"It is Not a Bad Plan"
At one point during the Battle of Buena Vista (February 23, 1847), Maj. Gen. Zachary Taylor noticed some soldiers dodging as enemy musket balls whizzed by overhead. The doughty old warrior promptly admonished them, "Stand up to them, my men; don't be afraid, they will all go over you."
At that moment, a Mexican round went whizzing past Taylor’s head. Taylor ducked and, without missing a beat, added, “but dodge them if you can, it is not a bad plan."
FootNote: Zachary Taylor – known to the troops as “Old Rough and Ready” – has appeared in these “pages” before, most notably in Numbers 169, 245, and 306.
"The King’s Own"
From about A.D. 235 to about A.D. 284 the Roman Empire suffered the “Crisis of the Third Century”, a series of usurpations, insurrections, secessions, and invasions that brought it to the brink of dissolution.
It was against this backdrop that King Crocus (fl. 260-306) made his first appearance on the stage of history. A leader of one of the Germanic Alamanni tribes, who lived in the “notch” between the Rhine and the Danube, Crocus, in his mid-20s at the time, seems to have been a redoubtable leader, a fine warrior, and a clever politician, quick on the uptake.
Taking advantage of the rising chaos, from about 260 Crocus led his tribesmen on a series of raids into Roman territory. Allied with other Alamannic tribes, Crocus and his people raided hundreds of miles across France, as far west as Clermont and as far south as Mende, and down into northern Italy as well. While not always successful – the Alamanni were twice defeated in Italy in 268 and again in the Rhineland in 280 – the raids were often devastating.
Gradually, the Romans regrouped and began reasserting central control. Before he was murdered, the Emperor Aurelian (r. 270-275) crushed two major secessionist movements, in Gaul and Syria. By the time Diocletian (r. 284-305) came to the purple, things had calmed down sufficiently that he was able to systematically restructure the empire, reorganizing the army and instituting many governmental reforms, even selecting a co-emperor to share power and help rule.
In 287 Co-Emperor Maximian (r. 286-305) took on the problem of the Alemanni, initiating a major campaign into their territory from both the Rhine and the Danube. Seeing the inevitability of defeat, in 288 Crocus and his people entered Roman military service as allies, under the command of the Praetorian Prefect in the West, Maximian’s field marshal, the 38 year old Constantius “Chlorus” (“the Pale”). In 293 Diocletian and Maximian each adopted a junior emperor, a “Caesar.” Maximian chose his new son-in-law, that same Constantius Chlorus (r. 293-306).
Constantius was assigned the difficult task of defending the Rhine frontier and recovering Britain and portions of western Gaul from a series of usurpers. Over the next dozen years, Constantius conduced repeated campaigns against usurpers and various barbarian tribes, including still untamed elements of the Alamanni, during which time Crocus and his people rendered excellent service to the Empire.
On May 1, 305, Diocletian and Maximian abdicated the imperium in favor of their Caesares. Constantius succeed to the supreme power as the partner of Galerius (r. 305-311), Diocletian’s Caesar. The new emperors were each given a new Caesar, hand picked by the retiring emperors. Both of the new Caesares had close ties to Galerius, Constantius ending up with Severus, one of his partner’s generals. This arrangement excluded Constantius’ son Constantine (b. c. 272) from the succession.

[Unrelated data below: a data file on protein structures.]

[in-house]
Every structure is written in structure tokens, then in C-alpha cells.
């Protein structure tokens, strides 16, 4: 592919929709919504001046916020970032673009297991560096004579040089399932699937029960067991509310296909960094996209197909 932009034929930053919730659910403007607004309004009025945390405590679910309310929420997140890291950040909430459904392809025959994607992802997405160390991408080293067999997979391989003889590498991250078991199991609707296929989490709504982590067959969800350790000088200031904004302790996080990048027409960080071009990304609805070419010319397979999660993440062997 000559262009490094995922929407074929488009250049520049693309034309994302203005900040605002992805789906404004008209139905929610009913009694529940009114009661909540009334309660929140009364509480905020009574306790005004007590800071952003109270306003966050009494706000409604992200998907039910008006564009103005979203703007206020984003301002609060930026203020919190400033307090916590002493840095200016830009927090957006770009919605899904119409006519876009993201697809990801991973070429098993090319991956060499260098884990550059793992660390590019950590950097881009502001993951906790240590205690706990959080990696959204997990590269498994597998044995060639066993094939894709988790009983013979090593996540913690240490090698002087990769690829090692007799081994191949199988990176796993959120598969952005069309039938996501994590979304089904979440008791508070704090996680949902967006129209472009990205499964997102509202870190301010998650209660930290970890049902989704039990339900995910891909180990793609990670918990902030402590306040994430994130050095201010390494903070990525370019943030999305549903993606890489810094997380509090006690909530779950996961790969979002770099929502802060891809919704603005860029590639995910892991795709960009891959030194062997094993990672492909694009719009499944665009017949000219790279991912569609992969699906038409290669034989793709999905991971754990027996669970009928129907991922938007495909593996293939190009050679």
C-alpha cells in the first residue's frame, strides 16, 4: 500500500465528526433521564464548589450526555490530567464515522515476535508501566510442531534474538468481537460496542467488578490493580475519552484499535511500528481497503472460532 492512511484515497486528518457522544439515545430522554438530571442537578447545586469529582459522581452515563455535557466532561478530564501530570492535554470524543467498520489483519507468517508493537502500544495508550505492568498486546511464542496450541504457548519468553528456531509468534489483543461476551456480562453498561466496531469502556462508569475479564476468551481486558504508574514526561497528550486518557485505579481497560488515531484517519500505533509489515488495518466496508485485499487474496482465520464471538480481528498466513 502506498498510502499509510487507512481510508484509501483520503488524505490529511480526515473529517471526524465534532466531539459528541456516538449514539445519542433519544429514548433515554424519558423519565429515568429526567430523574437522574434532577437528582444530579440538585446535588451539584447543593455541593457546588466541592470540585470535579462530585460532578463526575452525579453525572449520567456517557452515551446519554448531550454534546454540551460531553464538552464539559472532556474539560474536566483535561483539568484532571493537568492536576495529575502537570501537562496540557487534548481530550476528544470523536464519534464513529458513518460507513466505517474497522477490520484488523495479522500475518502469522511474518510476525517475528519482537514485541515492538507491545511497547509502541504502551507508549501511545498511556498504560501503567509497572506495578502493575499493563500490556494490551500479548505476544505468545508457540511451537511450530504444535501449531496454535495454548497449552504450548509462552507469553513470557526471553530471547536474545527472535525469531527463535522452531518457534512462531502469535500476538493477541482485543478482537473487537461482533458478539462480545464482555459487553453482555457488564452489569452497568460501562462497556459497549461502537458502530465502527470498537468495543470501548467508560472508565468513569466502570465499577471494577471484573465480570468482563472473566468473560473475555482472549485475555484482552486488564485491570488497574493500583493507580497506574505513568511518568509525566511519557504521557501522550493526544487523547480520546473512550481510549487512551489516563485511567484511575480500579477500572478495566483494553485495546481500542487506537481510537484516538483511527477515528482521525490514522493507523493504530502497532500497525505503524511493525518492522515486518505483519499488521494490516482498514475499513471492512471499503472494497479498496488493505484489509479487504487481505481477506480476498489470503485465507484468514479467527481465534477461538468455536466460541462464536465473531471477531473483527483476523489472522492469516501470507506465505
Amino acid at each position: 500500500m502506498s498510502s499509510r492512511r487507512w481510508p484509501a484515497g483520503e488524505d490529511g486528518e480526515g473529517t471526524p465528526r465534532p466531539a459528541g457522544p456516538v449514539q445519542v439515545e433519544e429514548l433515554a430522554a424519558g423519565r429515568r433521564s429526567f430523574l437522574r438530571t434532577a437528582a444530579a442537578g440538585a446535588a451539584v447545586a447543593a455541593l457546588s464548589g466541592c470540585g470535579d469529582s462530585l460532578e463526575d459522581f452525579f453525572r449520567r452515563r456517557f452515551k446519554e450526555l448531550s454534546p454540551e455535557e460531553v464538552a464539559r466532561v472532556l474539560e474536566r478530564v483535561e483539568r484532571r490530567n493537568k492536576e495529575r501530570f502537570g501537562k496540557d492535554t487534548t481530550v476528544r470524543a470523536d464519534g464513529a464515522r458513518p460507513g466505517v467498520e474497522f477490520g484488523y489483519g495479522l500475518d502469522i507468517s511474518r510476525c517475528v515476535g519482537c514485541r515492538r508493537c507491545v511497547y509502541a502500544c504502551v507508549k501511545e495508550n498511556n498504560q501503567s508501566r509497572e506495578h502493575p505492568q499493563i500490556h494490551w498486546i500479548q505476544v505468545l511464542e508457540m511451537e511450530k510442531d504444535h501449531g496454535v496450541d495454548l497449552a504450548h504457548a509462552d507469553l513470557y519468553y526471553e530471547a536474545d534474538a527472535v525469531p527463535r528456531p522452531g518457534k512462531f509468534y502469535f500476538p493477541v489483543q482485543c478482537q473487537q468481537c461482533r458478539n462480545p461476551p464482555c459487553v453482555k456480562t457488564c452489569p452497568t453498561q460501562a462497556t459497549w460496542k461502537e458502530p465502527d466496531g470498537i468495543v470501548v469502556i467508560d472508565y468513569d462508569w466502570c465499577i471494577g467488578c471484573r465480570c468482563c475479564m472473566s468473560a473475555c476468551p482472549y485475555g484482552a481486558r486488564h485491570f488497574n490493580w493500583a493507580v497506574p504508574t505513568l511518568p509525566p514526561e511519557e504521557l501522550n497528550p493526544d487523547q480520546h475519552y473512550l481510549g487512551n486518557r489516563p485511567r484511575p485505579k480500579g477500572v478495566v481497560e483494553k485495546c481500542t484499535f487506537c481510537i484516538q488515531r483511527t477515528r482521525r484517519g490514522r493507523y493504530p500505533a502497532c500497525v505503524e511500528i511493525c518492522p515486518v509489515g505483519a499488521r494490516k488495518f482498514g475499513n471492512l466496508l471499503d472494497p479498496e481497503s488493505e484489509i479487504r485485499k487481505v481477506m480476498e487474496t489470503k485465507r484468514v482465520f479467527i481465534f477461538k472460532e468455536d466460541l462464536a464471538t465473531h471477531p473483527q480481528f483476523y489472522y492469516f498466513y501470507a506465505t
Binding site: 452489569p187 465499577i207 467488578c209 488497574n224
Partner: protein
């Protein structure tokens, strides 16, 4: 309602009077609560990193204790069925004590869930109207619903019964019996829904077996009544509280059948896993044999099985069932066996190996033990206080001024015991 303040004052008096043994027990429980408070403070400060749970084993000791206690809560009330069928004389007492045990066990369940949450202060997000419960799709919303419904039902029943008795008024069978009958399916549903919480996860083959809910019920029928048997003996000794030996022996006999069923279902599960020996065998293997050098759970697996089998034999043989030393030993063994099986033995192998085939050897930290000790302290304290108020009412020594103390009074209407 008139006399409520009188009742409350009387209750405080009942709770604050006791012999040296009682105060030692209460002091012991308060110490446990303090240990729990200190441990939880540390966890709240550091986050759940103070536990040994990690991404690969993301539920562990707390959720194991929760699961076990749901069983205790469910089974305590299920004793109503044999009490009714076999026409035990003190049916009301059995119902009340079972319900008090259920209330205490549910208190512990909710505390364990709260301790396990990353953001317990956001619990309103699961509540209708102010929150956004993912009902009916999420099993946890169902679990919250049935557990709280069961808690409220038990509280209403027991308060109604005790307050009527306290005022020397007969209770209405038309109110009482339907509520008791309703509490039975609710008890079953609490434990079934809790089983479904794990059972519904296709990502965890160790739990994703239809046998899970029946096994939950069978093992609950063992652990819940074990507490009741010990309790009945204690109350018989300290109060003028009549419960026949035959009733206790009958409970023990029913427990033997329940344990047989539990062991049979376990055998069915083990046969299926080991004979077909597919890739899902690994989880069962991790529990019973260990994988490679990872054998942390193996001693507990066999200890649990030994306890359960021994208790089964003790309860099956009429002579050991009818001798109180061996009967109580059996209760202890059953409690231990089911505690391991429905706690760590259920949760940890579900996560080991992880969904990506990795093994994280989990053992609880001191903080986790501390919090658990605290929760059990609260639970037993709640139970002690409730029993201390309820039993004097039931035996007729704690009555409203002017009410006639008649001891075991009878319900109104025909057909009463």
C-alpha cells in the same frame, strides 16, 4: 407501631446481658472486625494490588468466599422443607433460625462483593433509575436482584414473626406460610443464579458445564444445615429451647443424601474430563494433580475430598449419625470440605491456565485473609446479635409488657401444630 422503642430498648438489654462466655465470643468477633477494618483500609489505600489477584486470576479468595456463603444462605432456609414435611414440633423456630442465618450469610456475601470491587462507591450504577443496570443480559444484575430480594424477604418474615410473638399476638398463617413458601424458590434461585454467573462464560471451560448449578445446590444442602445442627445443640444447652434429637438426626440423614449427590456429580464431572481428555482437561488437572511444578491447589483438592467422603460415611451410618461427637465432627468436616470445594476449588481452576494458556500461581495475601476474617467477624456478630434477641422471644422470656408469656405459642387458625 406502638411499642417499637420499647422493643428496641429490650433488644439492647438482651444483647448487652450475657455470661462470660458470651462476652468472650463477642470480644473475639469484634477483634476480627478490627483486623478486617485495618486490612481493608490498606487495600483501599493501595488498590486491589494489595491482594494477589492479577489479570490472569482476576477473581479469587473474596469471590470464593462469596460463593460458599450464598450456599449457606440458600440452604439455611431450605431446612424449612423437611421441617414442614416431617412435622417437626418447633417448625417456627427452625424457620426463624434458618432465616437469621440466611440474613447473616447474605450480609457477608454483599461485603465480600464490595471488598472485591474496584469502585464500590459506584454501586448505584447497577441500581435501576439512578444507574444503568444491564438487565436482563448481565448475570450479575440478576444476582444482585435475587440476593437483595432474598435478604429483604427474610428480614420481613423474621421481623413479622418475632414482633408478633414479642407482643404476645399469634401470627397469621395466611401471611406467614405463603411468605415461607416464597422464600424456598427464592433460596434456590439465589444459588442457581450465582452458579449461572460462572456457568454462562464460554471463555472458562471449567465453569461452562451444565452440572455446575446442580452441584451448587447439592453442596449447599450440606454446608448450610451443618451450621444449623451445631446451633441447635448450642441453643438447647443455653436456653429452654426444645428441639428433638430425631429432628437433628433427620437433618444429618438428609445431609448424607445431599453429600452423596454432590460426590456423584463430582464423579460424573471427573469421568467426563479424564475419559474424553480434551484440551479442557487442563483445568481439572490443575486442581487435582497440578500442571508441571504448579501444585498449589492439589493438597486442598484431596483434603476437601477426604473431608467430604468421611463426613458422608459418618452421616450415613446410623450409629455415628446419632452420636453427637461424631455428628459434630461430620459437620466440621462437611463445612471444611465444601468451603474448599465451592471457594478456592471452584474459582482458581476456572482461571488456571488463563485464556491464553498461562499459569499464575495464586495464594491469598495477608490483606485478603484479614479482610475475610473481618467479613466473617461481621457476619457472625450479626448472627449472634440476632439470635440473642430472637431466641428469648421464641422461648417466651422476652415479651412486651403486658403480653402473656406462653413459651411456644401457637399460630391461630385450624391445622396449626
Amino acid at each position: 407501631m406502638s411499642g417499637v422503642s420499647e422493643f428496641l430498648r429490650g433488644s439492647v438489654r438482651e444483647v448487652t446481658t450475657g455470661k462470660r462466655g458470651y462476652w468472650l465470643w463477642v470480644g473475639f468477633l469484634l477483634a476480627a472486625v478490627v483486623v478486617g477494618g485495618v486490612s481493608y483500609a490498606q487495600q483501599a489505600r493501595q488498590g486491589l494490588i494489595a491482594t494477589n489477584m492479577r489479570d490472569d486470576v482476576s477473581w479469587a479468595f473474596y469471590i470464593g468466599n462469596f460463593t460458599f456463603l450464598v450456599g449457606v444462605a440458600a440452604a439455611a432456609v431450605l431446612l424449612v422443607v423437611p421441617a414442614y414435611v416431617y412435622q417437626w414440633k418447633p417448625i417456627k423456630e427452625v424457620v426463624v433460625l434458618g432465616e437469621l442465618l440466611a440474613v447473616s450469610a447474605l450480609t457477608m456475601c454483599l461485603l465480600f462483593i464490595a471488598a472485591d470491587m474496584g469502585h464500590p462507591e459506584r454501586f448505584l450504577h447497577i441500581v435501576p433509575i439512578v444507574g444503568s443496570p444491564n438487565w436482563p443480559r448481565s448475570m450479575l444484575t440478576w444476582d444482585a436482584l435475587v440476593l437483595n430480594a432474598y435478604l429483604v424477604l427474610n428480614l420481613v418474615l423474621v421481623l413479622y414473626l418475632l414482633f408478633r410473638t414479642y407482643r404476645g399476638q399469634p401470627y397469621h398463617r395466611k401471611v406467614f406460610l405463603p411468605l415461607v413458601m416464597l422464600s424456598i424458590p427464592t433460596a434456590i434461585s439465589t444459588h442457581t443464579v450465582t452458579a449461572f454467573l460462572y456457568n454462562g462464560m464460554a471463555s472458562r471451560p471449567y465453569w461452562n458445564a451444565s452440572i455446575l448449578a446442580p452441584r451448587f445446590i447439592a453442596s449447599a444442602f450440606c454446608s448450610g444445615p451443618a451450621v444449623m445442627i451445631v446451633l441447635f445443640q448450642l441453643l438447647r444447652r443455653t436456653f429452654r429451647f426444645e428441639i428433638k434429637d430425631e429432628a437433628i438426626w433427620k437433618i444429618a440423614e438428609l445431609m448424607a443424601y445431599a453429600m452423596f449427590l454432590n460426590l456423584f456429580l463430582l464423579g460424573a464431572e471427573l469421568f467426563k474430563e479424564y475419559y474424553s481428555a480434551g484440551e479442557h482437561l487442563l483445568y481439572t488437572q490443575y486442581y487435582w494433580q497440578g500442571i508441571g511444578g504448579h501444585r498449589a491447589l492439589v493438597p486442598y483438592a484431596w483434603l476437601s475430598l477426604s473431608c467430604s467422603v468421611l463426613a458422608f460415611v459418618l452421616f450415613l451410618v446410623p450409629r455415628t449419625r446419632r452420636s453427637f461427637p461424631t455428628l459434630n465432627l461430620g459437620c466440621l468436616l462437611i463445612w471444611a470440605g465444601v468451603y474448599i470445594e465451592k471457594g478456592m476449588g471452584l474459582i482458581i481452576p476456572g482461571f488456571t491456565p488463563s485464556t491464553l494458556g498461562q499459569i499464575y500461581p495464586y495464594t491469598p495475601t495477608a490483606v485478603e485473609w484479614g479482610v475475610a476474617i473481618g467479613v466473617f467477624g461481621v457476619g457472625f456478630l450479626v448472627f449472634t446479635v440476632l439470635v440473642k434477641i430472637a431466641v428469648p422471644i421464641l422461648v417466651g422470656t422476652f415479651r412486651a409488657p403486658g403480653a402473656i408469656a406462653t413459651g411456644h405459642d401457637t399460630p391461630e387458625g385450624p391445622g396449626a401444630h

Naturally, tensions over the succession began rising. Constantine, who had been at Galerius’ court in Asia when the transfer of power occurred, fled to the safety of his father’s court in Gaul. The young man accompanied his father on an expedition to Britain, where he helped campaign against the Picts. Then, on July 25, 306, Constantius died at York. Legally Severus was supposed to succeed him, but Severus was far away, while Constantine was at hand.
Crocus, certainly in his 60s but still energetic, was present when Constantius died, and promptly urged that Constantine be proclaimed emperor. This found favor with the troops, and thus Constantine became emperor. For many years he had to fight against Severus (r. 305-307) and other rivals before assuming complete control of the Empire in 224. Eventually earning the honorific “the Great,” Constantine ruled until 337.
Given Crocus’ age, he seems to have died some time early in Constantine’s reign. Probably as a reward for his role in securing the imperium for Constantine, the emperor organized Crocus’ people into a special regiment of the Imperial Army, the “Regii –The King’s Own”. A light infantry corps of some 500-700 men, the Regii were originally part of the mobile field army or comitatensis, but were later transferred to the highly prestigious auxilia palatina. The Regii served for many years, fighting, for example, their Alamannic kinsmen again at the Battle of Strasbourg in 357. According to the Notitia Dignitatum (a list of government offices and military commands compiled about 395-420), the Regii eventually evolved into two commands, one of which served under the Magister militum praesentalis (Master of the Soldiery in the Imperial Presence) of the Eastern Empire. The other served under the Magister peditum praesentalis (Master of Infantry in the Imperial Presence) of the Western Empire, both a living memorial to their former king.